The next day, July 12, tension filled the hot, humid air as a small contingent of Orangemen gathered at West 29th Street and Eighth Ave. At 2:00 pm the parade stepped off, intending to proceed down Eighth Avenue for a few blocks, then Fifth Avenue to Cooper Union. It was, to say the least, a bizarre sight. Fewer than 100 Orangemen were surrounded by several thousand fully armed state militiamen. State officials were careful to select regiments that would not be sympathetic to the angry Catholic crowds. The mostly Irish Catholic Sixty-Ninth Regiment, for example, was confined to its barracks.
Violence broke out immediately. Thousands of angry Irish Catholics lined both sides of Eighth Avenue. “Give them hell, the infernal Englishmen!” went up the cry and stones, bricks, bottles and rotten food rained down on the Orangemen. Shots rang out from the sidelines and a few soldiers fired into the crowd. Policemen and soldiers attacked the crowd with clubs and rifle butts, trying to clear a path for the parade to proceed. At one point an enraged Irish woman burst through the phalanx and tore the regalia off an Orangeman. More stones and projectiles rained down and more shots were exchanged. When two militiamen were hit with bullets at 24th Street, their comrades panicked and unleashed repeated volleys of rifle fire into the crowd. The scene disintegrated into utter chaos as scores of bystanders were hit by bullets and the rest stampeded to safety.
Incredibly, the parade kept going with soldiers and police doing battle with hostile crowds for most of the way. The only respite for the marchers came, not surprisingly, when the procession turned onto Fifth Avenue where crowds of upper class New Yorkers cheered them. They made it to Cooper Union by 4:00 pm and went home.
Back at 24th Street lay a scene of battlefield carnage. Nearly two hundred bystanders had been shot and the sidewalks and street were covered in bodies and blood. Within days the death toll surpassed sixty. Most of the victims were Irish Catholics. Also killed were three militiamen, quite likely shot by the wild firing of their fellow soldiers. Only one Orangeman sustained injury. It was, in the words of Irish World editor Patrick Ford, a “Slaughter on Eighth Avenue.”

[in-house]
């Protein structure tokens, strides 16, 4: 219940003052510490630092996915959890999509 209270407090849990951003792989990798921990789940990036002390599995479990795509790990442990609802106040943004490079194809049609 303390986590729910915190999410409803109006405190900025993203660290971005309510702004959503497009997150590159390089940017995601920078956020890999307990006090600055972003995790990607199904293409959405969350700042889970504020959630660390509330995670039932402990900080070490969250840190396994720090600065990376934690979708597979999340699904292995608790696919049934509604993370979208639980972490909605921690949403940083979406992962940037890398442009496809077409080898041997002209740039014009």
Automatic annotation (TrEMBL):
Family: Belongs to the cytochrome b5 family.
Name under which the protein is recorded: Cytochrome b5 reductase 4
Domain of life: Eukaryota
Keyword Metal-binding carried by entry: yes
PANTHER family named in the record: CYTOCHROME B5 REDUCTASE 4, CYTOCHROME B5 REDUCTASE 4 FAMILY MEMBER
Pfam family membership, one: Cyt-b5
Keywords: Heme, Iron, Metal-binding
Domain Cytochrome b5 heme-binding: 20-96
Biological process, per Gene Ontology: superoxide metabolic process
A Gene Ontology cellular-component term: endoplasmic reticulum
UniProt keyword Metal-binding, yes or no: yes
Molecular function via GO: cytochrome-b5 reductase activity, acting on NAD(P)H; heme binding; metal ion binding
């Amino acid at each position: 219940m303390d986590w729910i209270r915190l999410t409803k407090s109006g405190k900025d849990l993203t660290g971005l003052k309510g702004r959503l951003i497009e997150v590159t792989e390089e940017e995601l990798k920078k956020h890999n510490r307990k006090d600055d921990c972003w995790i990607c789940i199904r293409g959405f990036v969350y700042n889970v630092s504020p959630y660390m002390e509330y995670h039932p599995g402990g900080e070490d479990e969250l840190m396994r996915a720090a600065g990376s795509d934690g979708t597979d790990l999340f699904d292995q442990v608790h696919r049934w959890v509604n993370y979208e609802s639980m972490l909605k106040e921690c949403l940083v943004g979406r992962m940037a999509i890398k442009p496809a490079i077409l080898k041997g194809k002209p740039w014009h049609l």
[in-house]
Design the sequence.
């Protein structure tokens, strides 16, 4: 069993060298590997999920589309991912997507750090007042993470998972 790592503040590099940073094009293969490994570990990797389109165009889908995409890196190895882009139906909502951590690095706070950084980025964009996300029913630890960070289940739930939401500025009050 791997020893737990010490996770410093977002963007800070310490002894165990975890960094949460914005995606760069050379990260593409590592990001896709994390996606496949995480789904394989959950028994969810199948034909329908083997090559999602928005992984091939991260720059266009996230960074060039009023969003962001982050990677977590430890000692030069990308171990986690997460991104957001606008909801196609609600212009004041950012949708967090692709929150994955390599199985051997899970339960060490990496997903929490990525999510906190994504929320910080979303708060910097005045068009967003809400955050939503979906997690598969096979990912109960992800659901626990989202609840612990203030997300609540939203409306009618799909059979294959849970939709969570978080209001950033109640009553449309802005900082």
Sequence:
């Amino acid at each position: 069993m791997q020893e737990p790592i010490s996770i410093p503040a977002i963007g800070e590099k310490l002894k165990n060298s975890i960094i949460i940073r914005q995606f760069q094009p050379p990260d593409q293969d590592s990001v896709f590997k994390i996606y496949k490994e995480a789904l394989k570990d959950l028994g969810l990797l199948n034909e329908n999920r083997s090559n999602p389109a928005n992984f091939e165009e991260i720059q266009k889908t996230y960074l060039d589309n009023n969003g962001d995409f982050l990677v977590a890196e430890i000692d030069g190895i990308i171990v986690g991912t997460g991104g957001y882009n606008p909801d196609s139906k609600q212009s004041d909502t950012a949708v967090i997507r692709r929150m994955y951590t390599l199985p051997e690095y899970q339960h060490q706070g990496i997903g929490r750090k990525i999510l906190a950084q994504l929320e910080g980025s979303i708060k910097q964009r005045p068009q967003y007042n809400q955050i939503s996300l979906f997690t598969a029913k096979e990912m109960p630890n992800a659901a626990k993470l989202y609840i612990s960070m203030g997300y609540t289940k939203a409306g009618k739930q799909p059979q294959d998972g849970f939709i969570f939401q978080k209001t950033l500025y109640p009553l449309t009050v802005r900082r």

Irish Catholics denounced the senseless butchery and turned out in the tens of thousands for the many enormous funeral processions that followed. But among the city’s power elite the mood was decidedly different. They blamed the Irish and their Democratic backers for the violence. One of them, a banker and Police Commissioner, expressed disappointment that so few had been killed. “Had one thousand rioters been killed,” he explained, “it would have had the effect of completely cowing the remainder.”
For Irish New Yorkers, the worst was yet to come. For Boss Tweed, the man many considered their protector and provider, would soon fall from power. Ten days after the bloody parade, the New York Times began publishing a Watergate-like series of exposes regarding Tammany Hall and rampant corruption within city government. Energized by the bloody parades, elite New Yorkers seized the opportunity to demolish Tweed’s Irish-dominated machine and reassert their power. Yet they would find after a few short years that Irish political power had merely been checked by these events, not defeated. By the late 1870s Tammany Hall was back in power where it would remain until the 1930s.
Learn more at www.edwardtodonnell.com/irish.htm
HIBERNIAN HISTORY WEEK
July 13, 1896: Philadelphia’s Ed Delahanty becomes the second major league baseball player to hit four home runs in a single game.
July 13, 1960: Senator John F. Kennedy of Massachusetts receives the Democratic Party’s nomination for president at the convention in Los Angeles.
July 14, 1921: Eamon de Valera meets with British Prime minister Lloyd George following a truce in the Irish War for Independence.
July 13, 1818: Hugh O’Brien, first Irish mayor of Boston is born in Maguiresbridge, County Fermanagh.
July 15, 1899: Taoiseach Sean Lemass is born in Ballybrack, County Dublin
July 18, 1874: Revolutionary Cathal Brugha is born in Dublin.